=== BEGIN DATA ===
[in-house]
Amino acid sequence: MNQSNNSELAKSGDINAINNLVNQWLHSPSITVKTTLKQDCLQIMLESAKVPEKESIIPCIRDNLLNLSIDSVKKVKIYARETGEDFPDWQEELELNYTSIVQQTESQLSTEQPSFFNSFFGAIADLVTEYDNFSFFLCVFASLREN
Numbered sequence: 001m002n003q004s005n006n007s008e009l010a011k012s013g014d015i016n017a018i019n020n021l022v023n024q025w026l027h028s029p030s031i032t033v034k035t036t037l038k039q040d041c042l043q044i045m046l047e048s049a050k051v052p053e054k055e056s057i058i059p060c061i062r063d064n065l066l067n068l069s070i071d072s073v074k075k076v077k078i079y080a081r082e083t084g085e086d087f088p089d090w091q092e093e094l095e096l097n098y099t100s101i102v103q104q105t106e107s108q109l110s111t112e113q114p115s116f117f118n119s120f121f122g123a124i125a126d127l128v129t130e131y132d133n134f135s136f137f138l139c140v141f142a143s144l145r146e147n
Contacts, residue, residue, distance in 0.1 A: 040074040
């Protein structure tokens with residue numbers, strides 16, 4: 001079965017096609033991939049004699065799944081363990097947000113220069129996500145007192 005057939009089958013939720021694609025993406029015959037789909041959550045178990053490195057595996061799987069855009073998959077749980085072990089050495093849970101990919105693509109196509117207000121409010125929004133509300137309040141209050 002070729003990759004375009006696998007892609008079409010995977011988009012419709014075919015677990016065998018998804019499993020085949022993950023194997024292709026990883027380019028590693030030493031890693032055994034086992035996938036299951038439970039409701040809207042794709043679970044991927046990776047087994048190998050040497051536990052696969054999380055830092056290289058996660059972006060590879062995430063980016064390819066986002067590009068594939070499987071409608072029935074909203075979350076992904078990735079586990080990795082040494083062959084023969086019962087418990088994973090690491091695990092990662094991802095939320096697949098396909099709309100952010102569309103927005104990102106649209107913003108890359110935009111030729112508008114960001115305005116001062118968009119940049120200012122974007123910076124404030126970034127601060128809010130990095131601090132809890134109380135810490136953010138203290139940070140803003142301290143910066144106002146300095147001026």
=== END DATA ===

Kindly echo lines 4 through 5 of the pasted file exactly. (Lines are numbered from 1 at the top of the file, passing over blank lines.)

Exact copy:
Contacts, residue, residue, distance in 0.1 A: 040074040
């Protein structure tokens with residue numbers, strides 16, 4: 001079965017096609033991939049004699065799944081363990097947000113220069129996500145007192 005057939009089958013939720021694609025993406029015959037789909041959550045178990053490195057595996061799987069855009073998959077749980085072990089050495093849970101990919105693509109196509117207000121409010125929004133509300137309040141209050 002070729003990759004375009006696998007892609008079409010995977011988009012419709014075919015677990016065998018998804019499993020085949022993950023194997024292709026990883027380019028590693030030493031890693032055994034086992035996938036299951038439970039409701040809207042794709043679970044991927046990776047087994048190998050040497051536990052696969054999380055830092056290289058996660059972006060590879062995430063980016064390819066986002067590009068594939070499987071409608072029935074909203075979350076992904078990735079586990080990795082040494083062959084023969086019962087418990088994973090690491091695990092990662094991802095939320096697949098396909099709309100952010102569309103927005104990102106649209107913003108890359110935009111030729112508008114960001115305005116001062118968009119940049120200012122974007123910076124404030126970034127601060128809010130990095131601090132809890134109380135810490136953010138203290139940070140803003142301290143910066144106002146300095147001026």